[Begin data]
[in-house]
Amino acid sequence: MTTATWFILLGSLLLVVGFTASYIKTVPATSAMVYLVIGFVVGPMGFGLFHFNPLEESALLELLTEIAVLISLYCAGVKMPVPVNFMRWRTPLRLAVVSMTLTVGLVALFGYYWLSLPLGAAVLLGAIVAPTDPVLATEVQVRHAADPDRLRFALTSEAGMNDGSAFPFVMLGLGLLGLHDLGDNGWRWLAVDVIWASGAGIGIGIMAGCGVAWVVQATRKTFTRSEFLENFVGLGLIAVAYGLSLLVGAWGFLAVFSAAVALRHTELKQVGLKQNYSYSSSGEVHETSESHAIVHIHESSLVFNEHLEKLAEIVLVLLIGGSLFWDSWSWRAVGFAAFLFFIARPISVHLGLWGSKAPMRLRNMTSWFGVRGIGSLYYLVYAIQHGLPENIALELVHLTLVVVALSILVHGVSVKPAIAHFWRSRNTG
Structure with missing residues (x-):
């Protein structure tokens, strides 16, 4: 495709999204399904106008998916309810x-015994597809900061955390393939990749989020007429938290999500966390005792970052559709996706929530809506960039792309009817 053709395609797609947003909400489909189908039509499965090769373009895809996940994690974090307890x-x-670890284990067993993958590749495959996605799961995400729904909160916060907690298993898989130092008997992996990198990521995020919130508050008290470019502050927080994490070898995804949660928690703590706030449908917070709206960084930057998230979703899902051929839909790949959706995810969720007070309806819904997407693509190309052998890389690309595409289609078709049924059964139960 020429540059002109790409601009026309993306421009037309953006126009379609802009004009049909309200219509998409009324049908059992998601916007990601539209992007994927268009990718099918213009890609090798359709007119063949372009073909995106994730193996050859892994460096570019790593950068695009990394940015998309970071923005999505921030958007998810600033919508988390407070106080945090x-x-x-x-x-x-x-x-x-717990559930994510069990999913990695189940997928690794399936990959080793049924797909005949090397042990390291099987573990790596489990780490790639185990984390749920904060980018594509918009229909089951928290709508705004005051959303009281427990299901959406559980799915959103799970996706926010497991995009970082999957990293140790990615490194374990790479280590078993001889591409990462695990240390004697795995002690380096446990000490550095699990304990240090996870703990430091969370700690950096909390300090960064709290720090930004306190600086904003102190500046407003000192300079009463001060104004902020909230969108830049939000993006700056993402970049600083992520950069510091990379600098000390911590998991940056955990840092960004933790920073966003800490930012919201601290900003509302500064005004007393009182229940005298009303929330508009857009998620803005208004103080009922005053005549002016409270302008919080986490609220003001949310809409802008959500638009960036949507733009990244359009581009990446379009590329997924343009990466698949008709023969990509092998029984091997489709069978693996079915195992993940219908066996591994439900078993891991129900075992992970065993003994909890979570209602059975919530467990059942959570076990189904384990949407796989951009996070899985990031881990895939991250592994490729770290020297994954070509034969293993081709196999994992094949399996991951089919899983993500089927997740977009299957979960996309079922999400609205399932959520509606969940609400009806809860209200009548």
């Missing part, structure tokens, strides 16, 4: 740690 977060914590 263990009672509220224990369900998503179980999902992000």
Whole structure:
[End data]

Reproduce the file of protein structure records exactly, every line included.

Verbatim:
[in-house]
Amino acid sequence: MTTATWFILLGSLLLVVGFTASYIKTVPATSAMVYLVIGFVVGPMGFGLFHFNPLEESALLELLTEIAVLISLYCAGVKMPVPVNFMRWRTPLRLAVVSMTLTVGLVALFGYYWLSLPLGAAVLLGAIVAPTDPVLATEVQVRHAADPDRLRFALTSEAGMNDGSAFPFVMLGLGLLGLHDLGDNGWRWLAVDVIWASGAGIGIGIMAGCGVAWVVQATRKTFTRSEFLENFVGLGLIAVAYGLSLLVGAWGFLAVFSAAVALRHTELKQVGLKQNYSYSSSGEVHETSESHAIVHIHESSLVFNEHLEKLAEIVLVLLIGGSLFWDSWSWRAVGFAAFLFFIARPISVHLGLWGSKAPMRLRNMTSWFGVRGIGSLYYLVYAIQHGLPENIALELVHLTLVVVALSILVHGVSVKPAIAHFWRSRNTG
Structure with missing residues (x-):
């Protein structure tokens, strides 16, 4: 495709999204399904106008998916309810x-015994597809900061955390393939990749989020007429938290999500966390005792970052559709996706929530809506960039792309009817 053709395609797609947003909400489909189908039509499965090769373009895809996940994690974090307890x-x-670890284990067993993958590749495959996605799961995400729904909160916060907690298993898989130092008997992996990198990521995020919130508050008290470019502050927080994490070898995804949660928690703590706030449908917070709206960084930057998230979703899902051929839909790949959706995810969720007070309806819904997407693509190309052998890389690309595409289609078709049924059964139960 020429540059002109790409601009026309993306421009037309953006126009379609802009004009049909309200219509998409009324049908059992998601916007990601539209992007994927268009990718099918213009890609090798359709007119063949372009073909995106994730193996050859892994460096570019790593950068695009990394940015998309970071923005999505921030958007998810600033919508988390407070106080945090x-x-x-x-x-x-x-x-x-717990559930994510069990999913990695189940997928690794399936990959080793049924797909005949090397042990390291099987573990790596489990780490790639185990984390749920904060980018594509918009229909089951928290709508705004005051959303009281427990299901959406559980799915959103799970996706926010497991995009970082999957990293140790990615490194374990790479280590078993001889591409990462695990240390004697795995002690380096446990000490550095699990304990240090996870703990430091969370700690950096909390300090960064709290720090930004306190600086904003102190500046407003000192300079009463001060104004902020909230969108830049939000993006700056993402970049600083992520950069510091990379600098000390911590998991940056955990840092960004933790920073966003800490930012919201601290900003509302500064005004007393009182229940005298009303929330508009857009998620803005208004103080009922005053005549002016409270302008919080986490609220003001949310809409802008959500638009960036949507733009990244359009581009990446379009590329997924343009990466698949008709023969990509092998029984091997489709069978693996079915195992993940219908066996591994439900078993891991129900075992992970065993003994909890979570209602059975919530467990059942959570076990189904384990949407796989951009996070899985990031881990895939991250592994490729770290020297994954070509034969293993081709196999994992094949399996991951089919899983993500089927997740977009299957979960996309079922999400609205399932959520509606969940609400009806809860209200009548």
């Missing part, structure tokens, strides 16, 4: 740690 977060914590 263990009672509220224990369900998503179980999902992000």
Whole structure: